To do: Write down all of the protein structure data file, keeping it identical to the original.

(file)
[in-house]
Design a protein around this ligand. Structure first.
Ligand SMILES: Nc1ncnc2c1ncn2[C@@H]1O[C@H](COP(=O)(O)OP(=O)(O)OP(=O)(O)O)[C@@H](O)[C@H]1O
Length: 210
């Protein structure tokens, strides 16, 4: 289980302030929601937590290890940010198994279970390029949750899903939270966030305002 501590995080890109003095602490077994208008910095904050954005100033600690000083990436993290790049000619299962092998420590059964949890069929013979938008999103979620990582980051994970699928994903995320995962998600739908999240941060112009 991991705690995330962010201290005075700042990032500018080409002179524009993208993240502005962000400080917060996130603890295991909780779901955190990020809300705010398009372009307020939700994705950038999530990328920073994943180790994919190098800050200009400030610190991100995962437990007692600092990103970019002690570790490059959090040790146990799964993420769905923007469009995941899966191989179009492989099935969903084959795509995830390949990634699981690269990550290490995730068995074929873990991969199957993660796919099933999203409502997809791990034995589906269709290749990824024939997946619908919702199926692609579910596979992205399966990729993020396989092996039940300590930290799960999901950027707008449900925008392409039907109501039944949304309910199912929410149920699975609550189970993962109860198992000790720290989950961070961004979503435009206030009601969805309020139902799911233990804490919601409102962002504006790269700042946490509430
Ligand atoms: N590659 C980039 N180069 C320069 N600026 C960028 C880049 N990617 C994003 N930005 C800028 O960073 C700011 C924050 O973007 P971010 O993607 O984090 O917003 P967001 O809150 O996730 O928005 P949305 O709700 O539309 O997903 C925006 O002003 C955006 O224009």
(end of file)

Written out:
[in-house]
Design a protein around this ligand. Structure first.
Ligand SMILES: Nc1ncnc2c1ncn2[C@@H]1O[C@H](COP(=O)(O)OP(=O)(O)OP(=O)(O)O)[C@@H](O)[C@H]1O
Length: 210
């Protein structure tokens, strides 16, 4: 289980302030929601937590290890940010198994279970390029949750899903939270966030305002 501590995080890109003095602490077994208008910095904050954005100033600690000083990436993290790049000619299962092998420590059964949890069929013979938008999103979620990582980051994970699928994903995320995962998600739908999240941060112009 991991705690995330962010201290005075700042990032500018080409002179524009993208993240502005962000400080917060996130603890295991909780779901955190990020809300705010398009372009307020939700994705950038999530990328920073994943180790994919190098800050200009400030610190991100995962437990007692600092990103970019002690570790490059959090040790146990799964993420769905923007469009995941899966191989179009492989099935969903084959795509995830390949990634699981690269990550290490995730068995074929873990991969199957993660796919099933999203409502997809791990034995589906269709290749990824024939997946619908919702199926692609579910596979992205399966990729993020396989092996039940300590930290799960999901950027707008449900925008392409039907109501039944949304309910199912929410149920699975609550189970993962109860198992000790720290989950961070961004979503435009206030009601969805309020139902799911233990804490919601409102962002504006790269700042946490509430
Ligand atoms: N590659 C980039 N180069 C320069 N600026 C960028 C880049 N990617 C994003 N930005 C800028 O960073 C700011 C924050 O973007 P971010 O993607 O984090 O917003 P967001 O809150 O996730 O928005 P949305 O709700 O539309 O997903 C925006 O002003 C955006 O224009």